Data mining gets a makeover
Call it fusion as new tools expand hunt for terrorists
New software is making it easier for police at a recently opened intelligence fusion center in Los Angeles to investigate terrorist networks. It could be a success for counter-terrorism, information-sharing and data mining on the local level, though similar efforts have had a rocky path on the federal level.
The Los Angeles Joint Regional Intelligence Center opened in July with new software that lets officers do much more powerful searches, looking across multiple databases in a region for criminals and terrorists.
For example, an officer can run one search to get all reports of suspicious activity at public water plants in all Los Angeles County cities and towns, and all recent arrests and traffic citations in those jurisdictions for people named in those reports.
Previously, it would have required multiple searches to get the same information.
"We can now do what everyone calls 'connecting the dots,' " said Lt. Robert Fox, co-program manager for the intelligence center, a joint project of the city police, county sheriff, FBI and Homeland Security Department. The new analysis tools, developed by Memex Inc., could reveal a pattern that would require further investigation, he said.
Los Angeles is not alone in relying on newly developed data-mining tools to bolster intelligence operations. Other state and city fusion centers are installing similar software.
There is a caveat, however: the software often is not officially termed "data mining" because of privacy controversies associated with the label.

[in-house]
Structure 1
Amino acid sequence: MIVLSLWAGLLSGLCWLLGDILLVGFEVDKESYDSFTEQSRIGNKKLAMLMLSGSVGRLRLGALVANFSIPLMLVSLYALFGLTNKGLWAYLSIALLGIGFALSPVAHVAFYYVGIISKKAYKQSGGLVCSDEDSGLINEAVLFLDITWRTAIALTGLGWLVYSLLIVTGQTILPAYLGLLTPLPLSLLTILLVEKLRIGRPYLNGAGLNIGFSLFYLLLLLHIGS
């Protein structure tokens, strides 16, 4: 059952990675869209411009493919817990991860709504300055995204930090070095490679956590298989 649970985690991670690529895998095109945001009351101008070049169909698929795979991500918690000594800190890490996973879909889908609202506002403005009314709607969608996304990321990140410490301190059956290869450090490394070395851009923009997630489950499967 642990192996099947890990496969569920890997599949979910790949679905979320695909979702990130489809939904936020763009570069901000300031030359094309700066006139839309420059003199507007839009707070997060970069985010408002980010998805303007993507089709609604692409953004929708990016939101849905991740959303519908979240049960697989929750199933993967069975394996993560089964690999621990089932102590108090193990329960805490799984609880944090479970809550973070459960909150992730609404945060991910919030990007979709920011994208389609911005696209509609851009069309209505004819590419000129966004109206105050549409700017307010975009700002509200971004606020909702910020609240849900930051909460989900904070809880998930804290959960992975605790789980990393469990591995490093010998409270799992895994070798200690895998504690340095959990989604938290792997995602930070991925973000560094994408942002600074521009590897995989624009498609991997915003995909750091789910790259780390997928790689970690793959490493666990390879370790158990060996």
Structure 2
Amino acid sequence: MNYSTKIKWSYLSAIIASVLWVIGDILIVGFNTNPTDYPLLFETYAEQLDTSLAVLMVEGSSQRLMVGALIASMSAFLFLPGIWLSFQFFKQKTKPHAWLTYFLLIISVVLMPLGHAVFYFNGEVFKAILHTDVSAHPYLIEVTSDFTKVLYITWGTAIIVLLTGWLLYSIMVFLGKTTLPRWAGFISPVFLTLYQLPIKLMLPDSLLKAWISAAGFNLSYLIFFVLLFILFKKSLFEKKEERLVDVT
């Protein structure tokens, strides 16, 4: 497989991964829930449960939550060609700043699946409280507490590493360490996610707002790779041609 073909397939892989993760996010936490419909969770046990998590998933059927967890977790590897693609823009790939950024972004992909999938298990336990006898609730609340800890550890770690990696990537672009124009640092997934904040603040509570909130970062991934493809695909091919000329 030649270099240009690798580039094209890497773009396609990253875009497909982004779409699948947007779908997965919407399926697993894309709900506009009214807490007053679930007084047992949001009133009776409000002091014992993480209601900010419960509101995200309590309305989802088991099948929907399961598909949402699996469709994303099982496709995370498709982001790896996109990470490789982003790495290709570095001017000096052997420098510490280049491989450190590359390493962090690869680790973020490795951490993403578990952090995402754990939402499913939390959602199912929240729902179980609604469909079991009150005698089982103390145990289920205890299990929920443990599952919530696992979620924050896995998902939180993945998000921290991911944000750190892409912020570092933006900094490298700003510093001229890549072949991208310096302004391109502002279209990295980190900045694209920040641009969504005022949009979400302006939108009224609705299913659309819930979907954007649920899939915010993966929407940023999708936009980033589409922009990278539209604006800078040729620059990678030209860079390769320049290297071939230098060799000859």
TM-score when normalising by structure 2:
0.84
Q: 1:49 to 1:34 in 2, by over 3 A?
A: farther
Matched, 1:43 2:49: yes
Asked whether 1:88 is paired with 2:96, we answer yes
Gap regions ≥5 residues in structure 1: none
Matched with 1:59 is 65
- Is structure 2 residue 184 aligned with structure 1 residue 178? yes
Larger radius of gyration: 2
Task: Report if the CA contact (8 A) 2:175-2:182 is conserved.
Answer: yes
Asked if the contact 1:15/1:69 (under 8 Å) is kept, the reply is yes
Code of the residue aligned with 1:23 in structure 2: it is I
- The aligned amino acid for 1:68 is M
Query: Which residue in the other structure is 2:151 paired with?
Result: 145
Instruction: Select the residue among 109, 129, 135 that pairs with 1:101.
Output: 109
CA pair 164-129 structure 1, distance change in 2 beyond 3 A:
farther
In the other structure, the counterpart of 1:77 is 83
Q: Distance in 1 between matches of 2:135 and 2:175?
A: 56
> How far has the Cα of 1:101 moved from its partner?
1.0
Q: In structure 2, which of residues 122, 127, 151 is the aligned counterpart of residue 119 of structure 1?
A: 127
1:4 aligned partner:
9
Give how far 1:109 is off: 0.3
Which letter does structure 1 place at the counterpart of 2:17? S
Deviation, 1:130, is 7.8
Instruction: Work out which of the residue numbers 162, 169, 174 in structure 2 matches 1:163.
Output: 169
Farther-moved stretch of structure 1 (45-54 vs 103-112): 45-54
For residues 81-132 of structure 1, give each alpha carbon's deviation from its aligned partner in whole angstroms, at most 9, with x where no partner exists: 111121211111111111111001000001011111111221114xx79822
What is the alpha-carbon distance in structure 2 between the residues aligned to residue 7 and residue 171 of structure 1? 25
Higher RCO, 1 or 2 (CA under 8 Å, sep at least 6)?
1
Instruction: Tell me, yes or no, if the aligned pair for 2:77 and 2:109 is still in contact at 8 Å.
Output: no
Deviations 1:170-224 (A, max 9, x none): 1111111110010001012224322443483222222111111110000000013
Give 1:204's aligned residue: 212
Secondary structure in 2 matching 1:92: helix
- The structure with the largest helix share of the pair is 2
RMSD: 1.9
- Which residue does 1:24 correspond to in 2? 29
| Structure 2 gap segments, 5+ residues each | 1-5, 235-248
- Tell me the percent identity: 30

"Data mining is politically volatile," said Drew Ladner, a member of the Markle Foundation Task Force on National Security in the Information Age, and general manager of the JBoss division of Red Hat Inc., an open-source software company.
Nonetheless, state and local centers are enhancing their intelligence fusion capabilities apparently without encountering the red tape, turf battles and privacy concerns that have caused similar federal programs to falter.Worthy goal
Since the Sept. 11, 2001, terrorist attacks, the intelligence community's ability to connect the dots against terrorism has been viewed as a valuable goal. Failure to gather and fuse intelligence from disparate sources has been cited repeatedly as one of the shortcomings of pre-9/11 intelligence.
To correct those problems, the Homeland Security Department, National Security Agency and other agencies have initiated information-sharing and data mining for counter-terrorism.
However, NSA's National Information-Sharing Environment has yet to begin operations, and the Homeland Security Information Network for sharing data nationwide was criticized by the DHS inspector general as ineffective and underused.
Data mining describes computer searches for words, numbers or other data, and links between such elements across several large databases. A distinction is made between searches originated by a human's inquiry into a system, and those originating from machine intelligence and from analytic, predictive programs. Law enforcement programs are the first type, while the second type is being used in commercial applications, such as identity theft prevention and marketing.
Several federal data mining projects have stumbled over privacy concerns. The Defense Department's Total Information Awareness and DHS' Computer-Assisted Passenger Prescreening System II were both discontinued. The Multi-State Anti-Terrorism Information Exchange (Matrix), a high-profile data-mining program based on Seisint Inc. technology and initially run by 13 states, saw its membership dwindle and its DHS funding disappear.States pick up slack
Nonetheless, information-sharing and data mining remain key activities at a growing number of state and local intelligence fusion centers. Forty-two states have either set up such centers or plan to do so, said Charles Allen, chief intelligence officer for DHS, at a Sept. 7 House hearing.